Student-led Conferences Focus On Learning

More than 450 students and their parents recently participated in Mt. Olive Middle School’s first-ever student-led conferences. The end of the year event

was an opportunity for parents to see how much their children have learned

since September.

The students created portfolios of work done over the school year and reviewed

the material with their parents during the conferences, which generally lasted

about 20 minutes. The portfolios included items such as science labs, essays and

math homework.

While traditional parent-teacher conferences generally focus on performance

and assessment, student-led conferences focus on learning.

Parents had a chance to see what their children had learned

over the past 10 months of the school year and see actual progress.

“Usually my mom sees my grades but doesn’t know what I actually learned,”

said eighth-grader Alex Bartell. “We [the eighth-graders] also reflected on what

we actually learned so it was good for us too.”

Each grade level and subject area handled the compilation of the portfolios in a

different way. In eighth-grade social studies, for example, students were asked

to identify which concepts and topics learned over the year they felt were the

most significant to the world today as well as to themselves.

“We chose this approach so that students could individualize their portfolios and

because it would allow them the opportunity to really reflect on how the past

impacts the present,” said social studies teacher Matt Hansen. “It also got the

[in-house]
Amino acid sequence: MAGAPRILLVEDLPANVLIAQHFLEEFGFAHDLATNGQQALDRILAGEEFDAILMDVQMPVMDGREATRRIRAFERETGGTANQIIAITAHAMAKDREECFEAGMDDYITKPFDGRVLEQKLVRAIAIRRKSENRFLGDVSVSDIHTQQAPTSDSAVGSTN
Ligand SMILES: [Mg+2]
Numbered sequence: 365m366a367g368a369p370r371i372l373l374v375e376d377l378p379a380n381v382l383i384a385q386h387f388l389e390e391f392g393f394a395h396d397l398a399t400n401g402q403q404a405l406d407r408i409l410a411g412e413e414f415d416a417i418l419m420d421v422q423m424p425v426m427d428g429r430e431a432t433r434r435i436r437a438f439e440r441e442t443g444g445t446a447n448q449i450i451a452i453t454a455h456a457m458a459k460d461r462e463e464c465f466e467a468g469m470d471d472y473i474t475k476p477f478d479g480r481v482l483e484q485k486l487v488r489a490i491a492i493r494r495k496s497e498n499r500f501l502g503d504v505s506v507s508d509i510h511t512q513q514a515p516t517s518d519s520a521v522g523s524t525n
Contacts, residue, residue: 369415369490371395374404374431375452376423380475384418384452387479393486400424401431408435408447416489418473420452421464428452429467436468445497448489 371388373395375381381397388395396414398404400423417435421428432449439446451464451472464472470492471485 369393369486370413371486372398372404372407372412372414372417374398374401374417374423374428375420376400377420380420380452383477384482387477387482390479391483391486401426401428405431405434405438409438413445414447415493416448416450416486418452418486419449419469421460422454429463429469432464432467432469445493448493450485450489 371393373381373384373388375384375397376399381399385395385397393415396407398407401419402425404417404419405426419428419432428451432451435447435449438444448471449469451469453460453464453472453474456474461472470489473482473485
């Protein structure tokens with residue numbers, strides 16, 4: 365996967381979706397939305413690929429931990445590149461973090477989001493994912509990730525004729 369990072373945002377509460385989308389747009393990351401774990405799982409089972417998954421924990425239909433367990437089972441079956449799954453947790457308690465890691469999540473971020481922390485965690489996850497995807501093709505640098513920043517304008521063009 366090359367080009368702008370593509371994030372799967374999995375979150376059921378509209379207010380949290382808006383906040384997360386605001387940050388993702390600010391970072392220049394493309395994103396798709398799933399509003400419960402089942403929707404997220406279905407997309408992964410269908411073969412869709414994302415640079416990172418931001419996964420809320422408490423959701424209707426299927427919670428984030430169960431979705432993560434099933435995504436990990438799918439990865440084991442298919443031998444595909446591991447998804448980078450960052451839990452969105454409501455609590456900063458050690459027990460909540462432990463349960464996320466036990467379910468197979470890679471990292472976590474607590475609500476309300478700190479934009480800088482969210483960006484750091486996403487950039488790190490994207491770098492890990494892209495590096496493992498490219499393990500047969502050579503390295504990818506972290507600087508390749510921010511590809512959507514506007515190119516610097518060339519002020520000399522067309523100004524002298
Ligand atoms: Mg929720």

students thinking about how events around the world impact us, both of which

were primary focuses of our course this past year.”

Reflection and self-analysis is one of the key ideas of student-led conferences.

The process, especially when done at the culmination of the school year, inspires

students to think about the importance of what they’ve learned and how they’ve

grown intellectually.

Students see how one piece of learning provided the foundation for the one afterit, everything building to what they know now. And they are able to identify

their strengths, weaknesses, and progress – and articulate them.

The feedback forms that parents completed were overwhelming positive about

the entire experience.

“The teachers and team leaders did an amazing job and created these wonderful

results,” said teacher Karen LaValley, who coordinated the conferences. “Each

person was an important piece of the puzzle and helped the conferences be so

successful.”

All students completed portfolios. For the parents who were not able to attend

the conferences, the portfolios were sent home so they could review the work

with their kids.

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